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I'am running win XP sp2. How to check that whether I have admin rights or not?

I can't check the system properties. I don't have that much items in the configuration panel. It seems I don't have admin rights, but how to check that formally ? Is there any command line tools for that?

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  • I'd be very curious to see a general solution which accounts for subgroups in Administrators.
    – user49214
    Feb 14, 2012 at 0:09
  • Can you use whoami ? I guess it is built-in in Windows xp2? Jul 21, 2014 at 3:17
  • 5
    See also superuser.com/questions/667607/… Dec 5, 2016 at 7:59

7 Answers 7

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Start -> Run -> cmd.exe

net user <username>

Will show your local group memberships at the bottom of the output so its easy to find. This is probably a lot faster than bumbling through a GUI to look for options (win+R,cmd,enter, no mouse involved).

If you're on a domain, use localgroup instead:

net localgroup Administrators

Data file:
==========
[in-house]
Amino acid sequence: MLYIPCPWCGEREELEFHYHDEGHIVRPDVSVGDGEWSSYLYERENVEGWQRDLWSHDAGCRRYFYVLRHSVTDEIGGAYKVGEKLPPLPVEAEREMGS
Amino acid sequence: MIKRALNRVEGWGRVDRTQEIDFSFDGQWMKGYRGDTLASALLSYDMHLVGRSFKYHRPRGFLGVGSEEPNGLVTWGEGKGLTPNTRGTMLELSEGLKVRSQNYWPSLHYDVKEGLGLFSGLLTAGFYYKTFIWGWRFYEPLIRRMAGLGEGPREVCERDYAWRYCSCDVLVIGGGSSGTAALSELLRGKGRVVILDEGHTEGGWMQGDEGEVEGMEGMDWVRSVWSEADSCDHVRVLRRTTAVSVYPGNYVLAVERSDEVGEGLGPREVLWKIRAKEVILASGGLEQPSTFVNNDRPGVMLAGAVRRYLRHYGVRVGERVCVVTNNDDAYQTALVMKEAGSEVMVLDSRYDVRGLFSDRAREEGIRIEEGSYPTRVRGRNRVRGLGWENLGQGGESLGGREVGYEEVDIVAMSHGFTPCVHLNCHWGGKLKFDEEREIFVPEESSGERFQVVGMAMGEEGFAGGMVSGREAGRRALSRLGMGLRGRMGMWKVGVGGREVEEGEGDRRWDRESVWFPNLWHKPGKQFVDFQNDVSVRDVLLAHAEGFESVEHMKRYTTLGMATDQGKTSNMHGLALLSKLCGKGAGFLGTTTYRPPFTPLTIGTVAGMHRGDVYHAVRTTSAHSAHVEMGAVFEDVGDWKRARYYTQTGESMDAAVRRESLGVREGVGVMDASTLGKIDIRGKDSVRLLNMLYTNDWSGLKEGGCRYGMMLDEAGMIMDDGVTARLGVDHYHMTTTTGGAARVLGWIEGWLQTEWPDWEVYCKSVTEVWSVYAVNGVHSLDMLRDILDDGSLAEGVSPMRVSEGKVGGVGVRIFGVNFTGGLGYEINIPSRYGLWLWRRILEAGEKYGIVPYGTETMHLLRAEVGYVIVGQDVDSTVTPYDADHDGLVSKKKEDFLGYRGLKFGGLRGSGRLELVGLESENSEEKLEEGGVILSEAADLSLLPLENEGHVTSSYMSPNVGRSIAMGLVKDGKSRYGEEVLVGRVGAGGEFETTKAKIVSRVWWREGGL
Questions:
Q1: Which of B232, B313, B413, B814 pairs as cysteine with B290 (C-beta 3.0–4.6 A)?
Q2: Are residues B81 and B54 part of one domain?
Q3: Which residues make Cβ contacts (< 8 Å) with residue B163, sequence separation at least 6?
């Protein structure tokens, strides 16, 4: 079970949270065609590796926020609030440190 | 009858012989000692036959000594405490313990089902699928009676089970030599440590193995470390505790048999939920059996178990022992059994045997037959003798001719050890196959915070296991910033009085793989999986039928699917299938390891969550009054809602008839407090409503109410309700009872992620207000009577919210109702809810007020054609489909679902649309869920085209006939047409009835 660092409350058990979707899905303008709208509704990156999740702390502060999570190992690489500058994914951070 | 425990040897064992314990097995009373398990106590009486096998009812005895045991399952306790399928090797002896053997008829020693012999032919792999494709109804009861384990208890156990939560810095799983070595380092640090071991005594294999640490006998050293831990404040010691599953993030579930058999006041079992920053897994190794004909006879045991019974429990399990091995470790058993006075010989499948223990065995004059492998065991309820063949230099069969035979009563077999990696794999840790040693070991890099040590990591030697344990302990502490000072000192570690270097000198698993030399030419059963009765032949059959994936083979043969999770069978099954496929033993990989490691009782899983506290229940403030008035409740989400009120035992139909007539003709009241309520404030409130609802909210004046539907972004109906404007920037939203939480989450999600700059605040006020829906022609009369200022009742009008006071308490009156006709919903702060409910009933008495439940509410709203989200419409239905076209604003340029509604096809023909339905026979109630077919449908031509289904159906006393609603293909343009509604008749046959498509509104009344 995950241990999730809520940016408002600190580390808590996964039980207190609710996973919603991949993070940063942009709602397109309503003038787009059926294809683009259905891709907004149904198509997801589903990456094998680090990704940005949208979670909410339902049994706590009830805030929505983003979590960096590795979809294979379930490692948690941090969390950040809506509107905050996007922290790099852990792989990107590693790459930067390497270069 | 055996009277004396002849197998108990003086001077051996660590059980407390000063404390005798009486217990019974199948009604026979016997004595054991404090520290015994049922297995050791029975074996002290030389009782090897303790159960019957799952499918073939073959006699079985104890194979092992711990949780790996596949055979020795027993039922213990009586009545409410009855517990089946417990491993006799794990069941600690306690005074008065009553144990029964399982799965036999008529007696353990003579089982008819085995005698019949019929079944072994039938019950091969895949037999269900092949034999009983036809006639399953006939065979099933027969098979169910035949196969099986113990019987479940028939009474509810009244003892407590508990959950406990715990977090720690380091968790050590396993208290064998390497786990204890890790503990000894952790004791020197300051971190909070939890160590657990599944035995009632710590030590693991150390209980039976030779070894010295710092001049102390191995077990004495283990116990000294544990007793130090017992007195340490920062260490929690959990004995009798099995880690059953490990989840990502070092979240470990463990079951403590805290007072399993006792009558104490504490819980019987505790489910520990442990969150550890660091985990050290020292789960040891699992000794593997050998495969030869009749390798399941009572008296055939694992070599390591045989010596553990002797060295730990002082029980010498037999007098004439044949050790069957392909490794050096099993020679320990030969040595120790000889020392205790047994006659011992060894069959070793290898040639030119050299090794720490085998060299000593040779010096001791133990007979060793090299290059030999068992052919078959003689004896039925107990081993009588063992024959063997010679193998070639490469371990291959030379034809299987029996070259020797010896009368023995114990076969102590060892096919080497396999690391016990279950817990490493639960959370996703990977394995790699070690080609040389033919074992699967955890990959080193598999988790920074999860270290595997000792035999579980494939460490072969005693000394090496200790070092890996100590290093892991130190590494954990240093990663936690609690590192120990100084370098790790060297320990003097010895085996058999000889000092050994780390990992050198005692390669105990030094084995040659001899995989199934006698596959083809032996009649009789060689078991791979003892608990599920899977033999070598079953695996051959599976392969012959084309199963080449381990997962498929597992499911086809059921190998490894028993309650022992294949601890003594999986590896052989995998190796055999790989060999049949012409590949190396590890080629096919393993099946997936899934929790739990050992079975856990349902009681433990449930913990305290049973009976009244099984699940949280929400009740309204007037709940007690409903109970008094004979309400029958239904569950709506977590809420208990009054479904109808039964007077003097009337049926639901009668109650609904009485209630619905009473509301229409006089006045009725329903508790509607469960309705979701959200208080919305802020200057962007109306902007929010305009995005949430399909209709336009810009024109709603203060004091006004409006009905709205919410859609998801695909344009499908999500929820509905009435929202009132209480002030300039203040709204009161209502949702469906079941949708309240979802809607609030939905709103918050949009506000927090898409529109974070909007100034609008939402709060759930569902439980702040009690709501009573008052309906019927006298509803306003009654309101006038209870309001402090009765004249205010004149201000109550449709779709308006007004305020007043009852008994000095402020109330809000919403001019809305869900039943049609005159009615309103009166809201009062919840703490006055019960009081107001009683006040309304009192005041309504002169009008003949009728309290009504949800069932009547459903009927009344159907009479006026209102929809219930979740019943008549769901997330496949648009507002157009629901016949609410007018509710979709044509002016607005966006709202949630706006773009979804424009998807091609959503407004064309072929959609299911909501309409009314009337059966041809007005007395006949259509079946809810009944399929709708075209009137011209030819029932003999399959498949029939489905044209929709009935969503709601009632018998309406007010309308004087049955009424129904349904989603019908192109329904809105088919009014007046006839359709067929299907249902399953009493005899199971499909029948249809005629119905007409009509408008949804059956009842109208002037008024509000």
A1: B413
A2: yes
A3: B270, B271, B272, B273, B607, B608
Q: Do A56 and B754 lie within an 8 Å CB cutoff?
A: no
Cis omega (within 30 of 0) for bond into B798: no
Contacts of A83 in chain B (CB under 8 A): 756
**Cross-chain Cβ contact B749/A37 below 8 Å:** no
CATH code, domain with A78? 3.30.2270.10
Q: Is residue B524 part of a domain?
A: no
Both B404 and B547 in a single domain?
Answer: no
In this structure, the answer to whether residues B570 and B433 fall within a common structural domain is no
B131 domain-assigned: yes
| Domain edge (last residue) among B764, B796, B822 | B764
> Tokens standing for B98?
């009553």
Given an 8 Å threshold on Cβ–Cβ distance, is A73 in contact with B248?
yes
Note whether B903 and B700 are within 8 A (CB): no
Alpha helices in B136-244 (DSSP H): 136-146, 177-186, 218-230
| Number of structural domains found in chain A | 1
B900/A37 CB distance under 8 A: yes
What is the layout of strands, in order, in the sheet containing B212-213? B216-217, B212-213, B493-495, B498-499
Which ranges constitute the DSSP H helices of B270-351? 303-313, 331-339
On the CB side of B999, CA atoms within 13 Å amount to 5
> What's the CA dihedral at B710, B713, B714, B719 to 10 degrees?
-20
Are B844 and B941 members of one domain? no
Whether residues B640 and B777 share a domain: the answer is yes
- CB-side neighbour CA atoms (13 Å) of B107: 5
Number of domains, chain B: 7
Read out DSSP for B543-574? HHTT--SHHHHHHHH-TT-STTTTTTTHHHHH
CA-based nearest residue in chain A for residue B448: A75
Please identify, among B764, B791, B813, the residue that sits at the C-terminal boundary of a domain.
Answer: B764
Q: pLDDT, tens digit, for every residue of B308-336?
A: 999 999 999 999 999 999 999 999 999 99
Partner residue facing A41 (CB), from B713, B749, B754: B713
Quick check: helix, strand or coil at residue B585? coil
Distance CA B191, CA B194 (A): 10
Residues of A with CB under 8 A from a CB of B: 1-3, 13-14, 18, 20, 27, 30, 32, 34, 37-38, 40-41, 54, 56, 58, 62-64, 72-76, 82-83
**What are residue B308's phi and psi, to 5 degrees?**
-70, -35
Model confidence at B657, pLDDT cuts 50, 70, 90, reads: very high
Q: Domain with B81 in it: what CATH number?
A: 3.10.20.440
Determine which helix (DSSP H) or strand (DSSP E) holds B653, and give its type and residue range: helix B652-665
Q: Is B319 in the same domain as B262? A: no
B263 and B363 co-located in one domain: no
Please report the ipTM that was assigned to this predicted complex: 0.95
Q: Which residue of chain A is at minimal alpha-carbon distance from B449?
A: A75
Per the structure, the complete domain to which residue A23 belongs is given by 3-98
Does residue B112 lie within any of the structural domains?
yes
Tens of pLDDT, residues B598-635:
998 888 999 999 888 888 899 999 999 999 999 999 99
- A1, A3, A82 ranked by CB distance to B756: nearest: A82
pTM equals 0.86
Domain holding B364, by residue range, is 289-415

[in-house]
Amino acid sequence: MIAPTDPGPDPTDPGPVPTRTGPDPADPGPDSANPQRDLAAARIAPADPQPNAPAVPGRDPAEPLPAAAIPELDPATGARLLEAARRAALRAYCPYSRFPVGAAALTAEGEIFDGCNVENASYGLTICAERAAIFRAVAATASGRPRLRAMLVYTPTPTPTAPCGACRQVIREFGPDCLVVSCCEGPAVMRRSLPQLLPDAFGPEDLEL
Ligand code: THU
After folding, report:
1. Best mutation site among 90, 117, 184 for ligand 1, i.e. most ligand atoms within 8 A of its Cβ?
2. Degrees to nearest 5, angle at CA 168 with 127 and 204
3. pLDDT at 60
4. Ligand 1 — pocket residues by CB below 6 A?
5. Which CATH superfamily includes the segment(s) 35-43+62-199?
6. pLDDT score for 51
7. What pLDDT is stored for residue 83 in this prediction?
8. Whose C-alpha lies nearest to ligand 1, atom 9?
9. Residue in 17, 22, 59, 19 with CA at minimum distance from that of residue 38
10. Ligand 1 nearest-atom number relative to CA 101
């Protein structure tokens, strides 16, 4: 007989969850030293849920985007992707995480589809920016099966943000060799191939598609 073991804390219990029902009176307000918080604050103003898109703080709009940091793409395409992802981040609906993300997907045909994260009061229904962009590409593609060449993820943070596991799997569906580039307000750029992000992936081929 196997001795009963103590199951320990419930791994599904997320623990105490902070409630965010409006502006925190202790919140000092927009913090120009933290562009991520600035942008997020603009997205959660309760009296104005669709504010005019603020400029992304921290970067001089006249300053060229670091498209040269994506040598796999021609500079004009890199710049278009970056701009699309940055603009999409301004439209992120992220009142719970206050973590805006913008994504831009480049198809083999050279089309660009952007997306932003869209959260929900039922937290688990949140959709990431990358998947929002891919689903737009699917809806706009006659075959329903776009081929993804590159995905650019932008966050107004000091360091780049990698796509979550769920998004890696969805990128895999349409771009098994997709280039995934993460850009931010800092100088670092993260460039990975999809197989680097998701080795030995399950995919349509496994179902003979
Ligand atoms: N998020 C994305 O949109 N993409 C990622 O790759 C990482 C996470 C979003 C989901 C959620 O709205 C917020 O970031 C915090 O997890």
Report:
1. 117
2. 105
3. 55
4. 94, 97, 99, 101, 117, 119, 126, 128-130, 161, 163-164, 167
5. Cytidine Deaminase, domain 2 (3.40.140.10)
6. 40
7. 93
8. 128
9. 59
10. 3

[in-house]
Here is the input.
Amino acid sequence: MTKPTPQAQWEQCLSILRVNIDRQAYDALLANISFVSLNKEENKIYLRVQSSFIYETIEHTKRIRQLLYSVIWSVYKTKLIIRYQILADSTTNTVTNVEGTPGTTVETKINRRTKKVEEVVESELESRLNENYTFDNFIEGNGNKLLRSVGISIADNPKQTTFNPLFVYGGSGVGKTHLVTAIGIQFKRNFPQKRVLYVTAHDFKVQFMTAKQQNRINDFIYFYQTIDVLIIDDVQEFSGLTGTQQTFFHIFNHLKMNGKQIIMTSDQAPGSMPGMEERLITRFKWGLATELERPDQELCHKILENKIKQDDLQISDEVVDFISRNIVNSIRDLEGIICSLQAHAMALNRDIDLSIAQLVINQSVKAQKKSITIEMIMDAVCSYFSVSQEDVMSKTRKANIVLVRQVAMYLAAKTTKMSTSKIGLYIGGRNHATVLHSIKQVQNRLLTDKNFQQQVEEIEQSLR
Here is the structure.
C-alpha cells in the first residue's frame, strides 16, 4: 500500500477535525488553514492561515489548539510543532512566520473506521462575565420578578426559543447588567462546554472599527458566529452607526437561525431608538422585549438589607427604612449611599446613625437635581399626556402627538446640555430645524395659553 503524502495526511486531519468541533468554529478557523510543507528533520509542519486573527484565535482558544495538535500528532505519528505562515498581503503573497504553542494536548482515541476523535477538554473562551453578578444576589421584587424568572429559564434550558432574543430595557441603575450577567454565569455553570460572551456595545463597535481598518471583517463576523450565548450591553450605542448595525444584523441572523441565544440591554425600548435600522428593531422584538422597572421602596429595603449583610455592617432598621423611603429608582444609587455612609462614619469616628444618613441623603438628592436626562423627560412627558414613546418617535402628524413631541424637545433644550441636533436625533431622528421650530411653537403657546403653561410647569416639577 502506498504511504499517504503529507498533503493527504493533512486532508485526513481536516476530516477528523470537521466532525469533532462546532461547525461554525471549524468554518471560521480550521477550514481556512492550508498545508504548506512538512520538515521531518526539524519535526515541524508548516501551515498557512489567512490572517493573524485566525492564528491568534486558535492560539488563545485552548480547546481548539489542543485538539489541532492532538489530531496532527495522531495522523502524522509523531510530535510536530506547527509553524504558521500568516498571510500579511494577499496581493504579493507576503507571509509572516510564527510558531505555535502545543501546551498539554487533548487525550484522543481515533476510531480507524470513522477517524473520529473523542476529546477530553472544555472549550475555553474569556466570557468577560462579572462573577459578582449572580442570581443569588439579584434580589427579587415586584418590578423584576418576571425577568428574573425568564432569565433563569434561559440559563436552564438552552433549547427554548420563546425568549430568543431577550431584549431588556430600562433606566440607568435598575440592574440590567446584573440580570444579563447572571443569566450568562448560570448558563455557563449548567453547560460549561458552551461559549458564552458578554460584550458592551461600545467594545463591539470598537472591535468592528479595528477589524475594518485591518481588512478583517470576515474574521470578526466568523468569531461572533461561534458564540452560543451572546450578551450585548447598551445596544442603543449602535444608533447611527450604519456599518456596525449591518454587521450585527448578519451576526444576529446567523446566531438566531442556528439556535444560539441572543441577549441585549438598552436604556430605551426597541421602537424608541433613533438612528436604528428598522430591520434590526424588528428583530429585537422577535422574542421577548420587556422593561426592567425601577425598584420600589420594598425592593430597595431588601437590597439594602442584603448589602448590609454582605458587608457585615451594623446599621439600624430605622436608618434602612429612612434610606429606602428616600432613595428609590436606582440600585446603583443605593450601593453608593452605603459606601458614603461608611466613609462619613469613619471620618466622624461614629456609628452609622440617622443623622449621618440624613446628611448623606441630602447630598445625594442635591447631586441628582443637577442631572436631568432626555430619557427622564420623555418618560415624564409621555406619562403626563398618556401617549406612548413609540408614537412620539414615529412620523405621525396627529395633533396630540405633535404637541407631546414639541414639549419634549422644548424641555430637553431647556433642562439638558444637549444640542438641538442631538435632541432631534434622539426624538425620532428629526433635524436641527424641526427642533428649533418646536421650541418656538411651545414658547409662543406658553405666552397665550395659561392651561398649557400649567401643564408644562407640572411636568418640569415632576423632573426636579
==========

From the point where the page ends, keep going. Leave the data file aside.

Check the list of local groups with localgroup on its own.

net localgroup
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  • Not really any faster than this answer (assuming it's correct) -- superuser.com/questions/27263/… (from the kbd: WIN-ESC-MENU)
    – arathorn
    Aug 21, 2009 at 17:30
  • Not really faster, but better answers the question, since it specifically asked about command line tools. Aug 21, 2009 at 17:34
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    This method does not work if your account is in a Windows network domain. Also, it's possible that you are not directly a member of Administrators, but you are indirectly a member, through another group. This is true in my case, and therefore my name does not show up under Administrators even though I am a member of a group which itself is a member of Administrators. Aug 21, 2009 at 17:54
  • Faster may be subjective. As a primarily keyboard-focused user, it is for me, than reaching for the mouse.
    – jtimberman
    Aug 21, 2009 at 17:54
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    ok , sorry for the delay, I see only now all that comments. Actually at my work we are using a domain, et just before leaving I launched the command and didn't see my users (as stated above). Nevertheless it's all my fault (Although I didn't know it could play) I didn't specify that point. Your answer remains interesting (and deserves all its upvote) Thank you jtimberman ! :-) Aug 21, 2009 at 20:31
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Another very simple way on XP is to right-click on the clock in the tray and select the Adjust Date/Time command. You get a message if you don't have admin rights.

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  • Other users can be granted access via secpol.msc. I do that for Interactive sometimes. Dec 4, 2016 at 0:40